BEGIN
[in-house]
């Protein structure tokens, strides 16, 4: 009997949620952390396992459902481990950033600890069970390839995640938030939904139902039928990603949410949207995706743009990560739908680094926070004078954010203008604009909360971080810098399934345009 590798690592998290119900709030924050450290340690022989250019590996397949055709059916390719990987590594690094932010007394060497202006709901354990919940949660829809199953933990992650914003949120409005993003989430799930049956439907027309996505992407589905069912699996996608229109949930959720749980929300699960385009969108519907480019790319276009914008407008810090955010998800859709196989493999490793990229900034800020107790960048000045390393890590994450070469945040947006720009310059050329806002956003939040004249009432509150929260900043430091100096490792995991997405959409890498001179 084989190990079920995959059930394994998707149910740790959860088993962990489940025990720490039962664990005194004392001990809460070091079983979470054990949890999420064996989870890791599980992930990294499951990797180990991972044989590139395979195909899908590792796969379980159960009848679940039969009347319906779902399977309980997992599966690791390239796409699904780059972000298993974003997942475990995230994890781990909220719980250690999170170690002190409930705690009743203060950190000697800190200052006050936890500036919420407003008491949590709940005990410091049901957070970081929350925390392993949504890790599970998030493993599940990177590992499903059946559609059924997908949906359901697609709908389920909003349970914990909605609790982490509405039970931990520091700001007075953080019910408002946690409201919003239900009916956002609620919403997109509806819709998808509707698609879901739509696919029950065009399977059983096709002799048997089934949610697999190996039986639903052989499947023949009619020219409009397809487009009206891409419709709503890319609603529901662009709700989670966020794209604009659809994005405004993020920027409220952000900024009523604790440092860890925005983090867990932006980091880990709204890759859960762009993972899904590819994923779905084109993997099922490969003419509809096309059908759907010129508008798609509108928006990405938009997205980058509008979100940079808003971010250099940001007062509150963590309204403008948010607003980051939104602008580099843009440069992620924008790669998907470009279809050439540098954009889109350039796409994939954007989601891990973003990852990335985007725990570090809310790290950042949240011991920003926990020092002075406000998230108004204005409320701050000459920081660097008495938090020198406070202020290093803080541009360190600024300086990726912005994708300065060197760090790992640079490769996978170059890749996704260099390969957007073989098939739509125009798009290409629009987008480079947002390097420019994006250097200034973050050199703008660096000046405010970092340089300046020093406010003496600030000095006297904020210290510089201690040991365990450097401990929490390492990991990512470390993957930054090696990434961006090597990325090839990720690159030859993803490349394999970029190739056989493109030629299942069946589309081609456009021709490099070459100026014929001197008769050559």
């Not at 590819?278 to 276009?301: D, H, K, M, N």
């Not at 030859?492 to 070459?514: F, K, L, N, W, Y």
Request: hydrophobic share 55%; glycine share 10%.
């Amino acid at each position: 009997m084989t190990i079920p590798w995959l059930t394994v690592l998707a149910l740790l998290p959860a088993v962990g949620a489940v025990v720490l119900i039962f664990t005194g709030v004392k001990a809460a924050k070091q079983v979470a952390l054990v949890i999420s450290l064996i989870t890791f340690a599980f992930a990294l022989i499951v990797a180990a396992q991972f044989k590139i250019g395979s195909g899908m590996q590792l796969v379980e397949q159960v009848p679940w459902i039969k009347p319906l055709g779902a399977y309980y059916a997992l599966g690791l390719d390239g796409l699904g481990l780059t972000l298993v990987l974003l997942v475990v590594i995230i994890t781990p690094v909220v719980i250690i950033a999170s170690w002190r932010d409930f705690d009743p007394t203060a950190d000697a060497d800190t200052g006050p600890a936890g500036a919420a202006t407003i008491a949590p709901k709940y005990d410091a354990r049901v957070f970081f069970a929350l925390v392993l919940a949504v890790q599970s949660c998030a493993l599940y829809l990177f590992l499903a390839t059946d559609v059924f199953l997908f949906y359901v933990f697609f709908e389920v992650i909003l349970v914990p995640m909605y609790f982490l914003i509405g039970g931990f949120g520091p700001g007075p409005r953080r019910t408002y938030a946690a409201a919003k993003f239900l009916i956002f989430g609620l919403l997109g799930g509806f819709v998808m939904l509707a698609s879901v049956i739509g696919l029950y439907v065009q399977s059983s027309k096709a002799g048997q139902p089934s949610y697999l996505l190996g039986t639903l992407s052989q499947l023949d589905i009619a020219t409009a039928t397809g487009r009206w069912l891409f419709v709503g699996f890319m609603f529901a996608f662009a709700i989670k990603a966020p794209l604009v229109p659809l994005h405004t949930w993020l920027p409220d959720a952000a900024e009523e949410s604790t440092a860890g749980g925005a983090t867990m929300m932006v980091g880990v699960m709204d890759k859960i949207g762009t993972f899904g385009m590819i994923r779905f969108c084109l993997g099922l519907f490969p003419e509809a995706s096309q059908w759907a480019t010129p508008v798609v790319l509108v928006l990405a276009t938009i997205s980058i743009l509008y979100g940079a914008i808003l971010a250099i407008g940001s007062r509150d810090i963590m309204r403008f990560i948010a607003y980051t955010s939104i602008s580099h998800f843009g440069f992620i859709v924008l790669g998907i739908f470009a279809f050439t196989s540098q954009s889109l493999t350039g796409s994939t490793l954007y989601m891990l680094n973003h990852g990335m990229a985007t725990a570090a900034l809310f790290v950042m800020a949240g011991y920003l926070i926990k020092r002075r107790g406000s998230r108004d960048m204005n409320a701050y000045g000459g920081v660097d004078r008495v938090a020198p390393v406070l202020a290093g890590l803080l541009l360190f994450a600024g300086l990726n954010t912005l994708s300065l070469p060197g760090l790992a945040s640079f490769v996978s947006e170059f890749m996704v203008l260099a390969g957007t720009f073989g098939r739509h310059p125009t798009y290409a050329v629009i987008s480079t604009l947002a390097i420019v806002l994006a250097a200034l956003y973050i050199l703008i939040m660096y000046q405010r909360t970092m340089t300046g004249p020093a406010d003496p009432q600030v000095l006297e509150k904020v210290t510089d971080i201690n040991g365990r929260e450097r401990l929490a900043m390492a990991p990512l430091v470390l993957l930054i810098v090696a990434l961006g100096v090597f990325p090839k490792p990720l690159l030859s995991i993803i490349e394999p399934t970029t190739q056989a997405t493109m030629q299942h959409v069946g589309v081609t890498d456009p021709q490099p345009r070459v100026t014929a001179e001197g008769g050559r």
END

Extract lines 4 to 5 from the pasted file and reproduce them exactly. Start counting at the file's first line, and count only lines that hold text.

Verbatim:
């Not at 030859?492 to 070459?514: F, K, L, N, W, Y």
Request: hydrophobic share 55%; glycine share 10%.